College of DuPage Nursing Student Cuirong Jevne shared that nowadays, the number of people getting asthma and allergies has been rising drastically. Allergic rhinitis (hay fever), food allergies, and eczema are common for all age groups in the United States. According to the American College of Allergy, Asthma Immunology asthma affects more than 24 million people in the U.S., including more than 6 million children. Allergies are the 6th leading cause of chronic illness in the U.S., with an annual cost in excess of $18 billion. More than 50 million Americans suffer from allergies each year. 1
Breast milk is easy for infants to digest and the safest source of food for babies. It is a good way to boost an infant’s immune system, as infants get all their antibodies from their mother through breastfeeding. Mothers who breastfeed their children for more than 6 months will directly reduce the chance for their baby to get asthma and allergies. Studies have shown that breastfeeding may not protect children against asthma, but data does show that it supports the development of their immune and respiratory systems.2 In this way, breastfeeding does reduce the risk of infection which can trigger asthma symptoms.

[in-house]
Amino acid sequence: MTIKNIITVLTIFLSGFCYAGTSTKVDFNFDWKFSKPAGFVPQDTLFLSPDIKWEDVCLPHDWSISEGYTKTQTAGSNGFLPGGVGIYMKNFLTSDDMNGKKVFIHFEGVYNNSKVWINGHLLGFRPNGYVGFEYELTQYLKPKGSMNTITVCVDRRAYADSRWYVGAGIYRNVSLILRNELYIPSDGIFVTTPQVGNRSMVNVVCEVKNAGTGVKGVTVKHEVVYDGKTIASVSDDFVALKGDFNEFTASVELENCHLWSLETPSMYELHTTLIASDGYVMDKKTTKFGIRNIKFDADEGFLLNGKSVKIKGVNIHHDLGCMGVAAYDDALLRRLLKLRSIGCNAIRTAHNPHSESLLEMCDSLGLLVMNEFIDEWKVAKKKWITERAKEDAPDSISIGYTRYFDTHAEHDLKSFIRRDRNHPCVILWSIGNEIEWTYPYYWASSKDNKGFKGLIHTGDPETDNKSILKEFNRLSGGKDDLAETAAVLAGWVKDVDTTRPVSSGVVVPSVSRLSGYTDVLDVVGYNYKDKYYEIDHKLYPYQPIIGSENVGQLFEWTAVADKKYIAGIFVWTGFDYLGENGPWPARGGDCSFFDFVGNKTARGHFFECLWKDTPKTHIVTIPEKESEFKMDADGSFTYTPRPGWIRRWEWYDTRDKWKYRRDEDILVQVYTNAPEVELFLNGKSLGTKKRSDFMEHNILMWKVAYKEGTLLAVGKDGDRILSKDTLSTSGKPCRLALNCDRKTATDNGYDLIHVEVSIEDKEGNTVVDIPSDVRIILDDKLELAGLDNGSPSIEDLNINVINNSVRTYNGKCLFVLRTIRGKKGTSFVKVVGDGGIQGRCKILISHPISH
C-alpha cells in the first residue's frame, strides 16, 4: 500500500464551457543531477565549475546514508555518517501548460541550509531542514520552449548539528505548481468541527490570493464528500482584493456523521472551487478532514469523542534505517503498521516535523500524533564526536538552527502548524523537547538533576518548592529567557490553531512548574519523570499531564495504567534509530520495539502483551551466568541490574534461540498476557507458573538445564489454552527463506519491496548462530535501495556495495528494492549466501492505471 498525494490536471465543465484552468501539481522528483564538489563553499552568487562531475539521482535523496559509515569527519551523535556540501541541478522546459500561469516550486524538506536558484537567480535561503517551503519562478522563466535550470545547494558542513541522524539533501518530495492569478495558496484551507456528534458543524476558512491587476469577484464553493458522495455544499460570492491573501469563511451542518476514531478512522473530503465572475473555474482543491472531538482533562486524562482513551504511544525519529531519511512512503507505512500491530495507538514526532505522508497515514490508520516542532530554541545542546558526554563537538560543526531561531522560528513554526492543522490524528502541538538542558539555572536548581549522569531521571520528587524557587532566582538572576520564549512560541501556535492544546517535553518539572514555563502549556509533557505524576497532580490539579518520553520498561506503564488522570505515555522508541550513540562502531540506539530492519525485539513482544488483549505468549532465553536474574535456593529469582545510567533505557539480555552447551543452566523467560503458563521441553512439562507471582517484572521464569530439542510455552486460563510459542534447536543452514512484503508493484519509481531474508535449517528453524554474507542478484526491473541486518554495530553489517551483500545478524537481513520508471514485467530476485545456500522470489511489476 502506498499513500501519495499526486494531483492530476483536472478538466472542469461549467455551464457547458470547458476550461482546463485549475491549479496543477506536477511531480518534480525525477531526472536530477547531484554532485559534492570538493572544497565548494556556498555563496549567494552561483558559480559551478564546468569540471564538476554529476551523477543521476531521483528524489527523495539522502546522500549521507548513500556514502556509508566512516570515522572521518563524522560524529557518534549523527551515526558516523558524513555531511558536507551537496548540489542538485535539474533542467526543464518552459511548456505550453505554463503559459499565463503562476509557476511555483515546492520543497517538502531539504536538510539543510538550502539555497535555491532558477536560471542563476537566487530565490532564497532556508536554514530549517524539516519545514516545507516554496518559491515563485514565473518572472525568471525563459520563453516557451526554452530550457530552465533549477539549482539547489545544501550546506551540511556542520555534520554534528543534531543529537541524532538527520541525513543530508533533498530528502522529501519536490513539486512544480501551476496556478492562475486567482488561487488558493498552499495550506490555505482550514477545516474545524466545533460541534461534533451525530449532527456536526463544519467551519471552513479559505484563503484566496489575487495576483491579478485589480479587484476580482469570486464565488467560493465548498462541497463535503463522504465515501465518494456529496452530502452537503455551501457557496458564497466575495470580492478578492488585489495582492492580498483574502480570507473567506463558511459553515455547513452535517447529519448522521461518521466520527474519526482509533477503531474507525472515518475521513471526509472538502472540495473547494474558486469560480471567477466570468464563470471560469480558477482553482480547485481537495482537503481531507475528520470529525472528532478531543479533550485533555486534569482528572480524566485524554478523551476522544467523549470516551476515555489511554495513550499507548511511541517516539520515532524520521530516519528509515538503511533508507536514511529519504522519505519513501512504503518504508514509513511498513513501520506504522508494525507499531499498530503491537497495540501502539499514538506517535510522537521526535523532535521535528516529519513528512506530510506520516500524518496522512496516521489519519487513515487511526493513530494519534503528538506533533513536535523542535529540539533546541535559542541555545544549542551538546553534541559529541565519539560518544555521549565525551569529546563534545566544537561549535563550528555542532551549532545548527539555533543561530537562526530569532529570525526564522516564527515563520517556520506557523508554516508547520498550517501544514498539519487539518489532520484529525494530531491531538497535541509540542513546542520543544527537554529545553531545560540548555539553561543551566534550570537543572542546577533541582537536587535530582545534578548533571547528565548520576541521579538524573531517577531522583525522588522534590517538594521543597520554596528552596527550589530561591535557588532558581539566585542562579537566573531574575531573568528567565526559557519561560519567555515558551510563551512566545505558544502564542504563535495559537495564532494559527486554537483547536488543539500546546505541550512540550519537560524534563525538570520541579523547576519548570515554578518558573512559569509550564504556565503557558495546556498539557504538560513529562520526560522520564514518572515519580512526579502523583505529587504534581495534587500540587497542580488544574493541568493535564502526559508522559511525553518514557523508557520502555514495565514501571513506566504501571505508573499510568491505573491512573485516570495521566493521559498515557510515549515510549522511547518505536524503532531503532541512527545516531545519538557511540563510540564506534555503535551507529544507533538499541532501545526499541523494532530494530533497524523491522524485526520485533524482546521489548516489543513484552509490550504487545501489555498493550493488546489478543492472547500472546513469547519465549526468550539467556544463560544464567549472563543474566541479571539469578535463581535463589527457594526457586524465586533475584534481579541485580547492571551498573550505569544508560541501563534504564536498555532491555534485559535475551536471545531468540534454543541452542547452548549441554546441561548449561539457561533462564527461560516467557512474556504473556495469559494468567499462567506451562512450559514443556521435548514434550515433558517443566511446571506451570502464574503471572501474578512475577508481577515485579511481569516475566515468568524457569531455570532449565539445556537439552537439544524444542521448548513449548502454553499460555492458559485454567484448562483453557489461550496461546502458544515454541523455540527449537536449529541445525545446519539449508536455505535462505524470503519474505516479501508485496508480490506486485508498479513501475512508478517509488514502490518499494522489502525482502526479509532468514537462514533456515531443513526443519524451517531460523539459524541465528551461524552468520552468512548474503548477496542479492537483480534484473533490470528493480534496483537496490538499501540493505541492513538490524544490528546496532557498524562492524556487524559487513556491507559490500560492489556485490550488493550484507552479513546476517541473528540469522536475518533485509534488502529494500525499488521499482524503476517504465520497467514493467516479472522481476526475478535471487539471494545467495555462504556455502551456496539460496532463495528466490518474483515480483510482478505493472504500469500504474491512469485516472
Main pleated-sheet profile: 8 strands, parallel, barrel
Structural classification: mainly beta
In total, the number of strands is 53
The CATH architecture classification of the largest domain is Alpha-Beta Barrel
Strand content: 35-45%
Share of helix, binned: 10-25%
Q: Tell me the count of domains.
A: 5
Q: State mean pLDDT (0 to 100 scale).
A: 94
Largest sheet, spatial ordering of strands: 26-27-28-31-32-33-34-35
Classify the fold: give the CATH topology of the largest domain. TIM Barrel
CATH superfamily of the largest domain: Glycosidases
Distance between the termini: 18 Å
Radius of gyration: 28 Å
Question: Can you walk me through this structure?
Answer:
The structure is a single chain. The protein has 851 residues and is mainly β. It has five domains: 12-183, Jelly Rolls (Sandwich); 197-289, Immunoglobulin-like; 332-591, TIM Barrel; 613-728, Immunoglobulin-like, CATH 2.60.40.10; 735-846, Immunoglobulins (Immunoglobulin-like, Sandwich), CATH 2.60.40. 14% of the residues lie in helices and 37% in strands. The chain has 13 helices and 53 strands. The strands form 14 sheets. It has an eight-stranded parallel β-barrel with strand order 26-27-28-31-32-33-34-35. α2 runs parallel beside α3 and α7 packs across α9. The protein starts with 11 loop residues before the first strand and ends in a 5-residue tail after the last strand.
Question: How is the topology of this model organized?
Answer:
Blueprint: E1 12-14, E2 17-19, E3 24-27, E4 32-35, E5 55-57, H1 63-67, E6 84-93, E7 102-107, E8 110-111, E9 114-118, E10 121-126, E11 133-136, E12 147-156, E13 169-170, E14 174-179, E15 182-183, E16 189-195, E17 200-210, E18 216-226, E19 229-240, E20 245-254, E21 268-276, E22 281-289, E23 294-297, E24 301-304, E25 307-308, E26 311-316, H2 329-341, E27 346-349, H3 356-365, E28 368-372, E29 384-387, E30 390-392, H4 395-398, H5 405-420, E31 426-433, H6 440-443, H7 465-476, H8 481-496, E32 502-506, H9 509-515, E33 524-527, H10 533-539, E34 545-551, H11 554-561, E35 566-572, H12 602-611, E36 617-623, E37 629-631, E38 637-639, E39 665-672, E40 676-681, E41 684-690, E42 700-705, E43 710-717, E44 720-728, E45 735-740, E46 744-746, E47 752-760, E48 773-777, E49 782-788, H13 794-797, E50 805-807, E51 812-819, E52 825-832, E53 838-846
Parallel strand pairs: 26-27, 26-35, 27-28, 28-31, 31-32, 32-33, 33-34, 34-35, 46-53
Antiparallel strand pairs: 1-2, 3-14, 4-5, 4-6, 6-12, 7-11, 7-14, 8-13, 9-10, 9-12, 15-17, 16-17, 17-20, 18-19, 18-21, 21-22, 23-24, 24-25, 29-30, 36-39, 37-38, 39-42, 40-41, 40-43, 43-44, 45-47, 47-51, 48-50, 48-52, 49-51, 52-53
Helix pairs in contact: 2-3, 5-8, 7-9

When we talk about bacteria, fear often shows on our faces. There is a study which shows that exposure to bacteria is another way to lower the risk of developing asthma and allergies. 2 When infants are exposed to bacteria they will train their immune system to attack bad bacteria and ignore harmless things like pollen and cat dander. There is a study shown that children exposed to a wider variety of bacteria, especially those in the Bacteroides and Firmicutes groups, were less likely to develop allergies or asthma. 3 Children exposed to both did the best of all.
Reducing the usage of lawn products and pesticides will help you to reduce the risk of getting asthma and allergies. It is not a pleasant experience during the spring and summer when you go outside and you smell the chemical spray on the lawn. It makes you cough when you smell the chemicals in pesticides and weed killers. Studies have long theorized that exposure to irritants or chemicals could alter a child’s developing immune and respiratory systems, which will increase the chance of developing asthma and allergies.5